RTAA 215 possibly sucked oil charge out of oil cooler after pulling vaccum.
I had a call out late yesterday afternoon found 1 circuit completely flat tube rubbed at condenser tube sheet and dropped complete charge and it was raining all day. Welded it up put 2 new drier cores in her and nitrogen purged it then started vacuum pumps
Energized load/unload and master oil solenoid to pull a vacuum. I used 2 pumps both large 7 or 9 cfm refcos I used one at the compressor on high and low side with micron gauge on low side, and installed the other on the liquid line above the drier shell started and pulled a 14 hour vacuum on it.
It pulled down to 500 microns so shut the pumps down and isolated the system and left to come back later and see how it was holding. Came back at 1 this evening and it had come up to 1175 microns after sitting for 5 hours.
Decided I was going to bring it up to 5-10 psi using dry nitrogen and let it sit overnight so the nitrogen could grab some more moisture out of it then start another vacuum monday morning.
Here's where it gets interesting I have a theory of what happened but want some of your opinions and what I need to do to safely start it back up. I haven't had this happen before. I did forget to de energize the load/unload and master oil solenoid if that's what caused this.
I set my nitrogen regulator on 30 psi and began introducing slowly into the discharge line side of the compressor only. I was watching my gauge above the drier shell and was trying to get it to about 15 lbs to leave it overnight. It was almost out of the vacuum and into positive pressure above the drier shell when I began hearing a gurgling sound inside the condenser above the compressor the gurgling then continued to get louder and I began to hear it sound almost like water running inside the condenser down into the compressor and then into the suction line heading to the chiller barrel. At that point I remembered I forgot to de-energize the load unload and master oil solenoids and then killed them and turned off the nitrogen. Then just listened and watched and waited and the noise got less and less and my pressures slowly equalized at 15 psi at the discharge line on the compressor and above the drier shell at the service port after about 5 minutes. When I disconnected my gauges at the suction line on the compressor I had a steady stream of oil come out of my service hoses.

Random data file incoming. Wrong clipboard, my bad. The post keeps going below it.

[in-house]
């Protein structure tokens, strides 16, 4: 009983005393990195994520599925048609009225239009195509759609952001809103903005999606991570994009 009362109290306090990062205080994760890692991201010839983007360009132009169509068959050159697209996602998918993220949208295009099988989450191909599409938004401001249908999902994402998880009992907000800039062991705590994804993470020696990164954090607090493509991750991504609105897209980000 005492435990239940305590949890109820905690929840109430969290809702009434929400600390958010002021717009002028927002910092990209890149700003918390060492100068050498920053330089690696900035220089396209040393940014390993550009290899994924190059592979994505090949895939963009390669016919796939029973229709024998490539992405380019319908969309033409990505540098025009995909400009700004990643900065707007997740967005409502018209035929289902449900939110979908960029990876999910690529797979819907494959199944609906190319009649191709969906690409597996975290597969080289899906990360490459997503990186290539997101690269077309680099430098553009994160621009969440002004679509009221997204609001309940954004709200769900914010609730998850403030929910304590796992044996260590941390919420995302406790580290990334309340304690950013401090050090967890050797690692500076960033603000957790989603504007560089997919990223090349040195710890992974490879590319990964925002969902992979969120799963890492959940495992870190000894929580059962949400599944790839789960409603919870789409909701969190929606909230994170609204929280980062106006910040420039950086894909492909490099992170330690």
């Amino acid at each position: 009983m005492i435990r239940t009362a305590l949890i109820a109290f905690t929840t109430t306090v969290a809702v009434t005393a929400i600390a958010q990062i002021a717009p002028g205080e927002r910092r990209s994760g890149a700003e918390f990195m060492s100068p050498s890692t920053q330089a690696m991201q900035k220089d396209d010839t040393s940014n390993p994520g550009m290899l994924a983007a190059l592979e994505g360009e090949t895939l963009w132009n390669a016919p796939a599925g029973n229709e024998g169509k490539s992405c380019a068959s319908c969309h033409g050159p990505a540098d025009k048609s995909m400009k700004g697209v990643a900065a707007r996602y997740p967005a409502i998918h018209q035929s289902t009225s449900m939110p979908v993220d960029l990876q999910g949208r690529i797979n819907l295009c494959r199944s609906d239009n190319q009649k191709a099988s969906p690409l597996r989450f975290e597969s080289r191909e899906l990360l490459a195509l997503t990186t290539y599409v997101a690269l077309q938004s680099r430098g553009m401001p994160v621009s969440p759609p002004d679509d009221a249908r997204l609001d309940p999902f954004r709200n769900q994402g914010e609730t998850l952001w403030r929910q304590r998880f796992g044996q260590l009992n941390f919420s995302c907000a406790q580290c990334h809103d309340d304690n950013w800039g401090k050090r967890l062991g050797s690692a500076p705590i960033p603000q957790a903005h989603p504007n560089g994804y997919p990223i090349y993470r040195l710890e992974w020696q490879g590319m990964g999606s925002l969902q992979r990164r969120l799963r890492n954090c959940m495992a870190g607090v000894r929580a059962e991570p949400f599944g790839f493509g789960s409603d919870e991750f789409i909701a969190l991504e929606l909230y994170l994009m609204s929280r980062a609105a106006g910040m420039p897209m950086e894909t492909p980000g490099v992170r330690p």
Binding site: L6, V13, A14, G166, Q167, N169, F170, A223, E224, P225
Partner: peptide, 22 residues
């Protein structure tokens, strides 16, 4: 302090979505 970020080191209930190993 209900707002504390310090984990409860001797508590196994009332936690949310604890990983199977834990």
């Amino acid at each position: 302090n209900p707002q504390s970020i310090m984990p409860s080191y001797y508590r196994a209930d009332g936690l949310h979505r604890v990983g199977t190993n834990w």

It's my theory that somehow due to pressure being applied on the discharge and a vacuum still existing on the condenser it sucked the oil cooler dry once a siphon action started. What would need to be done to safely start this circuit back up if it did actually suck the oil cooler out into the system. Any of you have other ideas as to what could have happened.
Sorry to be so long winded but I wanted to give a blow by blow so others could offer ideas and suggestions. Flame suit on if I made a idiot mistake.
As long as you have the propper level of oil in the oil separator your good, or is that what you are calling an oil cooler?
You are correct i think it emptied the oil separator. Im heading over in a bit to see how vacuum is doing. Then im going to get some pressure in it and verify oil separator level. Thanks
You should have checked the separator level when she was flat out of gas . Its a whole lot quicker and easier than if its in a vacuum or under pressure .
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Brought system to atmosphere using nitrogen and checked oil using sightglass method. From the centerline of the oil separator at the very bottom i have a oil level that is sitting at about 3 to 3.5 inches It is exactly 2 3/4 inches below tranes recommended minimum level. There appears to be a solid column of oil in the suction line at least as high as the service port on the end of the compressor. Based off of the above what can be done to safely restart this system without fragging a compressor. Thanks for the help